The good news – we can recover:)
Having said all of this, I want to make it clear that whatever our history, there is the possibility of change – change for the better. The brain is plastic, as I said earlier, and once we become aware of, and acknowledge (some people find this hard), what has happened to us, we can take steps to change the path we are on, and thus, change our future. Epigenetics teaches us that our environment can affect our genes, so that if we make positive changes in our environment, we can alter the effect it is having on those same genes. We are not condemned to a life of physical or mental illness – we can take steps in the present to change the future, but it takes time, and appropriate support, and the earlier we start to make changes, the easier it is to make them.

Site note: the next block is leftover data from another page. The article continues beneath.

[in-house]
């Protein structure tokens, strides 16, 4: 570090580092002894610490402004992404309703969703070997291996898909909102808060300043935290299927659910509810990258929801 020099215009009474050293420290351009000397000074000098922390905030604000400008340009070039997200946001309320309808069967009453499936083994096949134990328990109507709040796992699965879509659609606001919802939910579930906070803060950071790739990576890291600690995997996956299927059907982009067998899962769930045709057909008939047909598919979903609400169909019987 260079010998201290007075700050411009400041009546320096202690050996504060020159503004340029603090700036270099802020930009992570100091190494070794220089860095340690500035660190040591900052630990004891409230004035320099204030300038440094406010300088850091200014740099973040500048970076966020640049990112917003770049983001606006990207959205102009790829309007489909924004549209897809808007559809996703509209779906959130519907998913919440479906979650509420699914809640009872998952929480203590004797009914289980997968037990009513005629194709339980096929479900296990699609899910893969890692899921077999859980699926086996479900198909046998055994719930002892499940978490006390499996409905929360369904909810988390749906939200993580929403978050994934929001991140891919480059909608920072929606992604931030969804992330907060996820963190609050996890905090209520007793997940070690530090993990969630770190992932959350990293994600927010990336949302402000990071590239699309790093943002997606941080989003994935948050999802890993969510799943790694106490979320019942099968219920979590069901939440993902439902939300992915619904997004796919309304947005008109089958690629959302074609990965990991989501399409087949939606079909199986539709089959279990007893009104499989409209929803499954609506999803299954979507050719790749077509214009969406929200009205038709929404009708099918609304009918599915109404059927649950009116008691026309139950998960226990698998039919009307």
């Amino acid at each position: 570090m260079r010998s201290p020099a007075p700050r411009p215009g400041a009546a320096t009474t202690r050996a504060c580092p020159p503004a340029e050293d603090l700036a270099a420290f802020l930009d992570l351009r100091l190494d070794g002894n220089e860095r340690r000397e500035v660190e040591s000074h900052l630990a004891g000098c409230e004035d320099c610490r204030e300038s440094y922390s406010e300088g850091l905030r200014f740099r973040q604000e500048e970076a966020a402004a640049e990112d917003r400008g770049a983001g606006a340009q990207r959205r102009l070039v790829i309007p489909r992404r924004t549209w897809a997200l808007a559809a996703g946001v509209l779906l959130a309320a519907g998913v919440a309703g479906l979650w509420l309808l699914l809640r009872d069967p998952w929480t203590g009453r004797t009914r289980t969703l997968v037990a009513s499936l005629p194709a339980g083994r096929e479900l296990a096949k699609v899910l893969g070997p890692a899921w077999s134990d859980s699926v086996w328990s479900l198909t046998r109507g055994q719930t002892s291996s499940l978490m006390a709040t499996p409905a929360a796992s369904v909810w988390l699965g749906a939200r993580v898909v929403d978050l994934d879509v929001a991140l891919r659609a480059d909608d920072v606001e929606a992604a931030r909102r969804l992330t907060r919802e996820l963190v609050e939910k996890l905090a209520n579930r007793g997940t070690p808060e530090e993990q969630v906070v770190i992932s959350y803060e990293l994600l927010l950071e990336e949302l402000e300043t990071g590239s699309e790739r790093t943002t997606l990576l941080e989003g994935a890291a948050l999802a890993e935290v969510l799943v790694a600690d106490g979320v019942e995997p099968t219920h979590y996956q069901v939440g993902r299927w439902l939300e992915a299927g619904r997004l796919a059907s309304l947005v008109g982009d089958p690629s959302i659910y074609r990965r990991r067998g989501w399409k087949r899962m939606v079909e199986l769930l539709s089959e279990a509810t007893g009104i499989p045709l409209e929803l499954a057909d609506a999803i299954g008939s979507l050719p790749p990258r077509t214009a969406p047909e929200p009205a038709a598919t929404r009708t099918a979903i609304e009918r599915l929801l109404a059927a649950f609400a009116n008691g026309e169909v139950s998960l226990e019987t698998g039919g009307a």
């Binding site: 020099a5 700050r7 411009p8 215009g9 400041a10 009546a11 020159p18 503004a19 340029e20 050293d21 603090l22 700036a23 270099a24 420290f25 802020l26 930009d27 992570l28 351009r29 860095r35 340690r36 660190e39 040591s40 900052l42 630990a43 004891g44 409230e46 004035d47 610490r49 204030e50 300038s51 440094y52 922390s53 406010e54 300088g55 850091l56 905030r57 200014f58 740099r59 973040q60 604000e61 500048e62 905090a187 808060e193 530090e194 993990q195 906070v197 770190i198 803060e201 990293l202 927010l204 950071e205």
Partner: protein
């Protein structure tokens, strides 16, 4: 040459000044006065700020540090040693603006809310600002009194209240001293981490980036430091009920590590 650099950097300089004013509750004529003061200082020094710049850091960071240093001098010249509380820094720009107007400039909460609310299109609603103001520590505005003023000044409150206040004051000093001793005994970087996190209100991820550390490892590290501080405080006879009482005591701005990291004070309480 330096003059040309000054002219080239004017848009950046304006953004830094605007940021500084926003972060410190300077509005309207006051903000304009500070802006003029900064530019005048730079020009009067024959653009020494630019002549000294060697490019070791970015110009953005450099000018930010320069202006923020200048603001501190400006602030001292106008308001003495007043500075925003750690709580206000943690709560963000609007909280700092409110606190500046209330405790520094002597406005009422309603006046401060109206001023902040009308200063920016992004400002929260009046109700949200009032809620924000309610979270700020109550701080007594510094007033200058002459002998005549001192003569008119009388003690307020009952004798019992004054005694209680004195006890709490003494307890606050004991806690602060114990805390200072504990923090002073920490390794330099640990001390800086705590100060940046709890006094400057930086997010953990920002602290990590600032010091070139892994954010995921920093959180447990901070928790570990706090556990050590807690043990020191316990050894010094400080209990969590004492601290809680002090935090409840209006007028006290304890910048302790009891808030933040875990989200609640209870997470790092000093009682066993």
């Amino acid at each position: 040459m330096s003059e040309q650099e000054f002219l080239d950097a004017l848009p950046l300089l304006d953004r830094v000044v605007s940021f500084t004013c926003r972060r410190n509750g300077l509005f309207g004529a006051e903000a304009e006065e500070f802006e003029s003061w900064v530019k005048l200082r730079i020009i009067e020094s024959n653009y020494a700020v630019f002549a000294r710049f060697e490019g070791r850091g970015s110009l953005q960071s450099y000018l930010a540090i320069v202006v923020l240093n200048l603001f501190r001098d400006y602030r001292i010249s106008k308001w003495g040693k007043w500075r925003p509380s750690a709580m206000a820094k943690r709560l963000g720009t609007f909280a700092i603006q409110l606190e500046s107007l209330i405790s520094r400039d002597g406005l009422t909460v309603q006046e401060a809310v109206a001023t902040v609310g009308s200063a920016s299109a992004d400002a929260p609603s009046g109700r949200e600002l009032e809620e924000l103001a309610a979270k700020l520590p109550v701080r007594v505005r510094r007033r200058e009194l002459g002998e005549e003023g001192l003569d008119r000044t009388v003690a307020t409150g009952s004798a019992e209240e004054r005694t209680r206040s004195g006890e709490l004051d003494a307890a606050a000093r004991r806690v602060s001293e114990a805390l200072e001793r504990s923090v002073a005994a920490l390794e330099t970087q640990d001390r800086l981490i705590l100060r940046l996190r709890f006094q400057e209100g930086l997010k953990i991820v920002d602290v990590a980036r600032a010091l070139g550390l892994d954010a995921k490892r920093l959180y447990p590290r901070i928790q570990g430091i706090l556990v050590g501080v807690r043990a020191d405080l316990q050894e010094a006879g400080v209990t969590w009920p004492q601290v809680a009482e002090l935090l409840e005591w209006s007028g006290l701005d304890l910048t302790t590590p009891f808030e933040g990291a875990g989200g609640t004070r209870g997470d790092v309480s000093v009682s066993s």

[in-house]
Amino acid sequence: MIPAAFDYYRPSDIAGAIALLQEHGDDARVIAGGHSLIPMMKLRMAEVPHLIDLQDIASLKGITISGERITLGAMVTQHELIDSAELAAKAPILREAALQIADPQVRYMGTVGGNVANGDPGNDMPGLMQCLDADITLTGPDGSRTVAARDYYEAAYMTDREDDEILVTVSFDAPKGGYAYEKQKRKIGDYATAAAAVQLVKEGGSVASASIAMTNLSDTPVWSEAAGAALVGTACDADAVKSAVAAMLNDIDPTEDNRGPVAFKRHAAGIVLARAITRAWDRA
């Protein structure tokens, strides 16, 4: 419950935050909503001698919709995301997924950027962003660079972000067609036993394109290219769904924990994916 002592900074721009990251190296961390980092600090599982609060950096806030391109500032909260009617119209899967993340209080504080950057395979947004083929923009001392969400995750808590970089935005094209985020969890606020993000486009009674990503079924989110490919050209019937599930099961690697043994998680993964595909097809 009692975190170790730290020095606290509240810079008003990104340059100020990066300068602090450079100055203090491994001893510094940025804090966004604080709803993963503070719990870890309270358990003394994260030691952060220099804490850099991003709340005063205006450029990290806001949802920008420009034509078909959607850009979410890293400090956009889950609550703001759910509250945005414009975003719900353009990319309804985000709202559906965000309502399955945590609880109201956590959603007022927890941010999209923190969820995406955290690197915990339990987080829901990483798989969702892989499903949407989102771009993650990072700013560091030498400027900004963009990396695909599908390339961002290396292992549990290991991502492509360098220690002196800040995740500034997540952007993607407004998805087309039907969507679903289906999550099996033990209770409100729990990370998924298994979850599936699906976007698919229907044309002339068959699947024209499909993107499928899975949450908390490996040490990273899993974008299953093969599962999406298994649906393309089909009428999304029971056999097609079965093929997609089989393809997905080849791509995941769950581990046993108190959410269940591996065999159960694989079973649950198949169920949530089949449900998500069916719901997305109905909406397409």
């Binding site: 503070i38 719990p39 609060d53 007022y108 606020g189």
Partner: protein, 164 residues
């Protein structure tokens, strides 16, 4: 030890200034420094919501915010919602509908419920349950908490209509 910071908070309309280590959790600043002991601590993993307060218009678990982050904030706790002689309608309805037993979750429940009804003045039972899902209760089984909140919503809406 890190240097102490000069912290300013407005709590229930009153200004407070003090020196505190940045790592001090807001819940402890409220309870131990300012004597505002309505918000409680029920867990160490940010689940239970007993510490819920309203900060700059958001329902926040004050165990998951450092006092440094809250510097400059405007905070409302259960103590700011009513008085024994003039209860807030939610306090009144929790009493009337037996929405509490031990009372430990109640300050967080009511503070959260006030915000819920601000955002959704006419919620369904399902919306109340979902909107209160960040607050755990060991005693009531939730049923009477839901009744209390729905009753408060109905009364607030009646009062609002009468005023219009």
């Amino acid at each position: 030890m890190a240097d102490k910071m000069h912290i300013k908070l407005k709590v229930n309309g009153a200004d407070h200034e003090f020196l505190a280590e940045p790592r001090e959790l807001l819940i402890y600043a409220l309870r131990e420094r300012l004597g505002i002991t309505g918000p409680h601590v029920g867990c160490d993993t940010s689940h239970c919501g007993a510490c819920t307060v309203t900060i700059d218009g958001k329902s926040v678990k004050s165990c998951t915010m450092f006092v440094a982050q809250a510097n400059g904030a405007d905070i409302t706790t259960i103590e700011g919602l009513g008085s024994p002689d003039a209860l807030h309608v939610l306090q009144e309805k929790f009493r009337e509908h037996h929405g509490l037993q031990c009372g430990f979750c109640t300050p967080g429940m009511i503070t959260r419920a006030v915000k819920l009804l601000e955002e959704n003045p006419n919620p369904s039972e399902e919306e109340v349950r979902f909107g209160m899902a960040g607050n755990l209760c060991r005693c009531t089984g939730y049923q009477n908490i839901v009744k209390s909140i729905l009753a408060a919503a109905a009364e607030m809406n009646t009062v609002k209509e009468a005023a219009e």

I don’t agree with the old saying ‘You can’t teach an old dog new tricks’ – you can, but it takes longer to rewire the brain of an ‘old dog’ than that of a ‘young dog’! Prevention is best – we must heed the warnings of the ACE study, and act on them as a society – but early intervention is good too, so the sooner we realise that we (or our children) have problems, the sooner we can put things right.
And finally, another nugget of gold on compassion from Emma Seppala – I wonder when she sleeps?????